If you’re looking to find real "hate speech", you probably won’t find it on The Huffington Post. The website’s editor, Verashni Pillay, resigned on Saturday after the press ombudsman found that an opinion column carried by the Post, arguing that white men should be disenfranchised, amounted to "hate speech".
There’s no sugarcoating that it was a disaster. Pillay’s team published the blog post by an academic called Shelley Garland, which, it turns out, was a pseudonym for a white man named Marius Roodt. The facts in the story were wrong; the argument objectionable. But Roodt had written it to make the (rather obvious) point that fact-checking is scant in the modern SA media environment.
But hate speech? Media lawyer Dario Milo certainly doesn’t think so, as it doesn’t "incite people to cause harm".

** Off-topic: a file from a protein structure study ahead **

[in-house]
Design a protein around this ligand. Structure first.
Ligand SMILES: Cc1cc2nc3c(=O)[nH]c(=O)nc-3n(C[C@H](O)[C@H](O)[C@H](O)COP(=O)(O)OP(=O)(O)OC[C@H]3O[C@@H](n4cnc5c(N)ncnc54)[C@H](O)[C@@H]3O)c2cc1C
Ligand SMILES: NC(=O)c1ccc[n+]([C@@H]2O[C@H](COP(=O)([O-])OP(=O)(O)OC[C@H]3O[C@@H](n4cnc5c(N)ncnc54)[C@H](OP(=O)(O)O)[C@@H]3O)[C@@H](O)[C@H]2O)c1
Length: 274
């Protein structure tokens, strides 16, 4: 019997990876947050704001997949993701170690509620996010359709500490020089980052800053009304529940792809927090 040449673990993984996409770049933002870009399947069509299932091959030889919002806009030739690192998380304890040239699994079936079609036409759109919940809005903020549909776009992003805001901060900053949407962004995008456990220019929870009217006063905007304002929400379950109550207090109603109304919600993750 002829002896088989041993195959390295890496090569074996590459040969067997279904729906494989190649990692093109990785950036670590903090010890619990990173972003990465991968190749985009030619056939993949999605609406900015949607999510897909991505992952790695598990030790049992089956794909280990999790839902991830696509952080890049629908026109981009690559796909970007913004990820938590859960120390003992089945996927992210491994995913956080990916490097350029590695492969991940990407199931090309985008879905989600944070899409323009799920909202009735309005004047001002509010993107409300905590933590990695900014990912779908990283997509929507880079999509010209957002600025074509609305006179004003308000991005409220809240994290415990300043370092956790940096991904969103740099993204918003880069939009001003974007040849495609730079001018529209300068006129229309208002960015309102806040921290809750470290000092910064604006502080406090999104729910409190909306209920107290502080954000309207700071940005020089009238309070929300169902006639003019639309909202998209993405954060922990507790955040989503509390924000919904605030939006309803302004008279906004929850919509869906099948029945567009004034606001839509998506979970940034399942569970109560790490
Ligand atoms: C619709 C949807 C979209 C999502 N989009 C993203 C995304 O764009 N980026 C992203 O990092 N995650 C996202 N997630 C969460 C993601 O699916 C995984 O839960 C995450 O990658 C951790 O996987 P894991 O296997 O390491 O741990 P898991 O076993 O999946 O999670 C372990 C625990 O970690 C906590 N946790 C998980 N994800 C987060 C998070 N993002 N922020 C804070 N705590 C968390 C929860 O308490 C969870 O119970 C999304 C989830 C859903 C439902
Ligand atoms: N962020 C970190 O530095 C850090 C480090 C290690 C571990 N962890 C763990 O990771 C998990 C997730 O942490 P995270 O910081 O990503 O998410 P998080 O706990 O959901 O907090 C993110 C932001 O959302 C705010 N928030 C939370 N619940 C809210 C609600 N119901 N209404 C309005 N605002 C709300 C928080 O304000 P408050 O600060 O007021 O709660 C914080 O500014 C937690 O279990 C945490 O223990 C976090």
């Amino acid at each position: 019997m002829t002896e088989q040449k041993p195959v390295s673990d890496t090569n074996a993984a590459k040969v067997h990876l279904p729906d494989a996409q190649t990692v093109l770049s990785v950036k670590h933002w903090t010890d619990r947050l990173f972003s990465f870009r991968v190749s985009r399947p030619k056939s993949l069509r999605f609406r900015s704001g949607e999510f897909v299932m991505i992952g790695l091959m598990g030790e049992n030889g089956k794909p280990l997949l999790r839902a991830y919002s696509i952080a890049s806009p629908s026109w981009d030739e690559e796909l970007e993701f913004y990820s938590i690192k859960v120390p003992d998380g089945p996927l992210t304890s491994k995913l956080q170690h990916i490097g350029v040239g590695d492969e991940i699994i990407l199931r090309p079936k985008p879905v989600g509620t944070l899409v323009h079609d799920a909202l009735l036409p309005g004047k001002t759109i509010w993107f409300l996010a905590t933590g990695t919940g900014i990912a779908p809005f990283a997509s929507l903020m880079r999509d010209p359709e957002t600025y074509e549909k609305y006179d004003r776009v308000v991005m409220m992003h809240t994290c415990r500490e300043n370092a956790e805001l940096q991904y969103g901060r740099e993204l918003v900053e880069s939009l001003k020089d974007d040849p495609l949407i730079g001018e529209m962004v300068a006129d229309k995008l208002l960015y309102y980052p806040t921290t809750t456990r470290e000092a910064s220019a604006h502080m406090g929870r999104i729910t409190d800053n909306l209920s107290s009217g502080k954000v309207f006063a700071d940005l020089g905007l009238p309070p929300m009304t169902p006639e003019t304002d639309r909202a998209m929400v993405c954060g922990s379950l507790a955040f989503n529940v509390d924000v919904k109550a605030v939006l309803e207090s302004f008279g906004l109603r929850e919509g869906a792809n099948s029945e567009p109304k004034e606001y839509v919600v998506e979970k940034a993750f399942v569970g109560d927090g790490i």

If you’re really looking for hate speech, you might want to check out the platform that became a toxic echo chamber for those people demanding that Pillay resign: Twitter. The social media platform is a cesspit of anger, vitriol and unbridled animosity. Abuse and incorrect facts are the order of the day. Bristling with bullying and narcissism, Twitter is a digital manifestation of the worst of humanity.
If anyone should be held accountable for inciting hatred based on false facts, it’s that platform and its users.